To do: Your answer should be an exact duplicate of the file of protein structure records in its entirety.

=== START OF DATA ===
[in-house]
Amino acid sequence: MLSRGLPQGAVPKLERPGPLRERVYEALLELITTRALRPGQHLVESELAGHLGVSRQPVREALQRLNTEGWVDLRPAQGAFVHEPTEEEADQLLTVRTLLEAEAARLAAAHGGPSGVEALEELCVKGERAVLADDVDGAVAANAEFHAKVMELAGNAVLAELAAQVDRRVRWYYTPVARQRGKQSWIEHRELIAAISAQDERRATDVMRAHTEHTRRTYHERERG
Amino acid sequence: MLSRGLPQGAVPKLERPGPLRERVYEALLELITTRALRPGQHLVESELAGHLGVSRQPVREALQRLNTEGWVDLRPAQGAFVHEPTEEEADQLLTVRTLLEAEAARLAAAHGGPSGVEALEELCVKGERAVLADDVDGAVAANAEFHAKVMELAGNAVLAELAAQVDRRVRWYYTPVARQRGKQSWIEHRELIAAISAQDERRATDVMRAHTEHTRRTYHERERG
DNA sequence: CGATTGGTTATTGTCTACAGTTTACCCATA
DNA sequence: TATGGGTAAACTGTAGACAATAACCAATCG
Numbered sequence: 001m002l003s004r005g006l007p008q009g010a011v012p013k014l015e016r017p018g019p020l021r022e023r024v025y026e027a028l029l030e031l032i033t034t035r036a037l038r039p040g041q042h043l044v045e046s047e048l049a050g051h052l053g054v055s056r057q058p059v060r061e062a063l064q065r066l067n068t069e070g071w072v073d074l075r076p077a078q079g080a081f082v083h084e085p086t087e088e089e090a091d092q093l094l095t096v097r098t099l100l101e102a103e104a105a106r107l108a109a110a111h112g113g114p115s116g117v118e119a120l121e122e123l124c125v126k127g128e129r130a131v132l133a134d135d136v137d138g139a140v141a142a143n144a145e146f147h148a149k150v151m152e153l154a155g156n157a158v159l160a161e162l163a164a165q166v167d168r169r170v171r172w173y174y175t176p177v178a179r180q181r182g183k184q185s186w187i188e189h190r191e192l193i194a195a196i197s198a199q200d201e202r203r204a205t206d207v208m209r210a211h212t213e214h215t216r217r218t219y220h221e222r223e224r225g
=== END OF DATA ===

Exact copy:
[in-house]
Amino acid sequence: MLSRGLPQGAVPKLERPGPLRERVYEALLELITTRALRPGQHLVESELAGHLGVSRQPVREALQRLNTEGWVDLRPAQGAFVHEPTEEEADQLLTVRTLLEAEAARLAAAHGGPSGVEALEELCVKGERAVLADDVDGAVAANAEFHAKVMELAGNAVLAELAAQVDRRVRWYYTPVARQRGKQSWIEHRELIAAISAQDERRATDVMRAHTEHTRRTYHERERG
Amino acid sequence: MLSRGLPQGAVPKLERPGPLRERVYEALLELITTRALRPGQHLVESELAGHLGVSRQPVREALQRLNTEGWVDLRPAQGAFVHEPTEEEADQLLTVRTLLEAEAARLAAAHGGPSGVEALEELCVKGERAVLADDVDGAVAANAEFHAKVMELAGNAVLAELAAQVDRRVRWYYTPVARQRGKQSWIEHRELIAAISAQDERRATDVMRAHTEHTRRTYHERERG
DNA sequence: CGATTGGTTATTGTCTACAGTTTACCCATA
DNA sequence: TATGGGTAAACTGTAGACAATAACCAATCG
Numbered sequence: 001m002l003s004r005g006l007p008q009g010a011v012p013k014l015e016r017p018g019p020l021r022e023r024v025y026e027a028l029l030e031l032i033t034t035r036a037l038r039p040g041q042h043l044v045e046s047e048l049a050g051h052l053g054v055s056r057q058p059v060r061e062a063l064q065r066l067n068t069e070g071w072v073d074l075r076p077a078q079g080a081f082v083h084e085p086t087e088e089e090a091d092q093l094l095t096v097r098t099l100l101e102a103e104a105a106r107l108a109a110a111h112g113g114p115s116g117v118e119a120l121e122e123l124c125v126k127g128e129r130a131v132l133a134d135d136v137d138g139a140v141a142a143n144a145e146f147h148a149k150v151m152e153l154a155g156n157a158v159l160a161e162l163a164a165q166v167d168r169r170v171r172w173y174y175t176p177v178a179r180q181r182g183k184q185s186w187i188e189h190r191e192l193i194a195a196i197s198a199q200d201e202r203r204a205t206d207v208m209r210a211h212t213e214h215t216r217r218t219y220h221e222r223e224r225g